UK

Brussels and Paris terror suspect 'was given £3,000 in UK park'

Still from the CCTV footage Image copyright Police Federale
Image caption Mohamed Abrini became known as the "man in the hat" after the Brussels bombings

A suspect in the Paris and Brussels terror attacks was handed £3,000 during a secret meeting in Birmingham months before the killings, a jury has heard.

Mohamed Abrini - the so-called "man in the hat" - came to the UK in July 2015 and was given the money in a park, Kingston Crown Court heard.

Zakaria Boufassil, 26, who is accused of handing over the cash, denies preparing for acts of terrorism.

A second man, Mohammed Ali Ahmed, has pleaded guilty to the same offence.

Abrini became known as "the man in the hat" following his suspected involvement in the Brussels terror attack in March this year, which killed 32 people at an airport and metro station, the jury heard.

Prosecuting, Max Hill QC told the court Abrini is also suspected of being connected to attacks in Paris on 13 November 2015, which killed 130 people.

Mr Hill said Abrini travelled to the UK between 9 and 16 July 2015.

Mobile phone analysis

He said there "can be no doubt" the money was handed over to him while in the UK "with the intention of assisting acts of terrorism".

"That much is clear from the guilty plea by Mohammed Ali Ahmed. Mr Boufassil, denies that he personally intended to assist in the preparation of terrorist acts.

"We suggest he is lying. We suggest that he was clearly acting together with Ahmed when the money was handed to Abrini," he added.

The court heard that Abrini, a Belgian citizen of Moroccan descent, arrived at Heathrow on 9 July and headed to Birmingham by coach the following day.

There was telephone contact between the men - but also technical evidence that their phones had been in close proximity.

According to analysis of mobile phone masts, during 10 July Abrini's mobile phone and those of Mr Boufassil and Ahmed were logged as being in Small Heath Park in the city.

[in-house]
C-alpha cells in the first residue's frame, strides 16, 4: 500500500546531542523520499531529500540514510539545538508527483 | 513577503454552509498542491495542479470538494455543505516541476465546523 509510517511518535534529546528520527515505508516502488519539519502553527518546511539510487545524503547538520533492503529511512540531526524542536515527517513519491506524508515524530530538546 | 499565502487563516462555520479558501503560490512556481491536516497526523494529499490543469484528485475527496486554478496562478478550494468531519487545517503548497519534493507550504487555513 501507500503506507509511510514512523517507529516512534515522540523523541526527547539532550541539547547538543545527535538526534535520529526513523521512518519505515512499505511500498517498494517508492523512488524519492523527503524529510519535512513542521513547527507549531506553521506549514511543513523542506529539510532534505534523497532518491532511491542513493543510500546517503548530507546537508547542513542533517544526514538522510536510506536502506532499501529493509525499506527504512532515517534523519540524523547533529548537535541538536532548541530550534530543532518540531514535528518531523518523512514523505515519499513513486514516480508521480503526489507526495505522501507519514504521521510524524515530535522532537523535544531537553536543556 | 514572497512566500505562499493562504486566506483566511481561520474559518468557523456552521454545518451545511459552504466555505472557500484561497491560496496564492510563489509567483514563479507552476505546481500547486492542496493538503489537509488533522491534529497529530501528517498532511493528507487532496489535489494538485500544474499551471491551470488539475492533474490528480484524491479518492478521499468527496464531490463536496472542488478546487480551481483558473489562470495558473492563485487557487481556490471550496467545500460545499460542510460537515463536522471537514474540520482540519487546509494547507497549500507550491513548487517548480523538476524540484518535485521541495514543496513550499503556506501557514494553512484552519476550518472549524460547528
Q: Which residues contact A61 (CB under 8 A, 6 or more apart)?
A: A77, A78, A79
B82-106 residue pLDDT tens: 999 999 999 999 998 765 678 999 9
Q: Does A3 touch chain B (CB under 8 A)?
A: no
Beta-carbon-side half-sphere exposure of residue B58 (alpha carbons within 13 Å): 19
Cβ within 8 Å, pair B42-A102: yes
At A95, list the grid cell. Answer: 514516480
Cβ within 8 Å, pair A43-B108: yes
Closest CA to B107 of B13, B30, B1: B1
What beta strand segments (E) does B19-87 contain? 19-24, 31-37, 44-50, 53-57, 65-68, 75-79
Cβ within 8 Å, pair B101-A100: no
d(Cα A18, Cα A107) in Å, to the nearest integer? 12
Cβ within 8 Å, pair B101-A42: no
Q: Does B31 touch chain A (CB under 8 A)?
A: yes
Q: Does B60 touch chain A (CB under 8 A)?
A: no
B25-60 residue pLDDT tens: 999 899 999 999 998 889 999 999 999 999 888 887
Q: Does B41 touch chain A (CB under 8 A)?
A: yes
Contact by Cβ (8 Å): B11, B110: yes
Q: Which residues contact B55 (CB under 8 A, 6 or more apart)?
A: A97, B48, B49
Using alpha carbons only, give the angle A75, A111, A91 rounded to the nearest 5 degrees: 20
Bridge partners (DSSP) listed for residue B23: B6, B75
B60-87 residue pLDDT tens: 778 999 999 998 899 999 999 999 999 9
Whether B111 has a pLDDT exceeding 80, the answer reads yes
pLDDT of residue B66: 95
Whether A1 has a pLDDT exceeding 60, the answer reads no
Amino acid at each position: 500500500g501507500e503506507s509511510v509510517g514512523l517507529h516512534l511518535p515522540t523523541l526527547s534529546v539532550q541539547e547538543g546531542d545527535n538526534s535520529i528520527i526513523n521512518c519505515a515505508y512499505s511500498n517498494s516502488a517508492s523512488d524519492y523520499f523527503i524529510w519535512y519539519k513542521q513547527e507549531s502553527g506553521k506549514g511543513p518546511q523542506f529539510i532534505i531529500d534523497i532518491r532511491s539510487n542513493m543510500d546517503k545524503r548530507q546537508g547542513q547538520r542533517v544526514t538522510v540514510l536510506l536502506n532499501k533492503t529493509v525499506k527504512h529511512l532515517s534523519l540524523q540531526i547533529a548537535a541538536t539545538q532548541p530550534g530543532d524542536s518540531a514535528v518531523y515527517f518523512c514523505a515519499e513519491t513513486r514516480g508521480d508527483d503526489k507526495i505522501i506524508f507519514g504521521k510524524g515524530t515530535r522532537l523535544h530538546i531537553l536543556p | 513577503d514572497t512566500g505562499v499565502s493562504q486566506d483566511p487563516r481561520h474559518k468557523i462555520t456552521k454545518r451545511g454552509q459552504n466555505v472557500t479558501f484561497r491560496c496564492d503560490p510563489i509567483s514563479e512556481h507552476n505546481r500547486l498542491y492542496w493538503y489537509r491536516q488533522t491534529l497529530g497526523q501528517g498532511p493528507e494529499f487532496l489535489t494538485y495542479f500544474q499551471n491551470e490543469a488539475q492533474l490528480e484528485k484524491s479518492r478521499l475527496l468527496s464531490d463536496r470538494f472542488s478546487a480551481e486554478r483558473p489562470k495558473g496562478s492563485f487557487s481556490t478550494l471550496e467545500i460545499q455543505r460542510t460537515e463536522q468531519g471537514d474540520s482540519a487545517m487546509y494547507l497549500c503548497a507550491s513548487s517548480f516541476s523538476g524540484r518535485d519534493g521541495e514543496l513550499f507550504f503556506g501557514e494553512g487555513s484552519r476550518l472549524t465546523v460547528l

The following day, the three phones came together again in the same location.

Mr Hill said: "You can be sure that Ahmed, Abrini and Mr Boufassil met that day - that was the handover of the money to Abrini."

'Intention of handover'

The £3,000 allegedly came from a bank account set up by another man who had previously left the UK to fight with the self-styled Islamic State group (IS) in Syria.

Most of it was from benefits payments, the court heard.

"The actual use of the money handed to Abrini is not part of the offence charged," said Mr Hill.

"There is no clear evidence one way or another. If it is suggested to you that Abrini may or did use some of the cash given to him to gamble in a casino, that does not undermine the criminal offence.

"What matters is the conduct in question, the handing over of the cash to Abrini and the intention behind the handover. What they do with it is another matter."

Abrini, currently in custody, was an associate of two men believed to be responsible for the Paris attacks - Salah Abdeslam and Abdelhamid Abaaoud.

His brother had also been killed fighting in Syria for IS, the court heard.

Following the alleged handover, Abrini moved on to Manchester before flying back to Belgium from Birmingham.

He was questioned about the UK trip by Belgian investigators, the court heard.

When his phone was later seized, police found that it contained a photo of Small Heath Park.

The trial continues.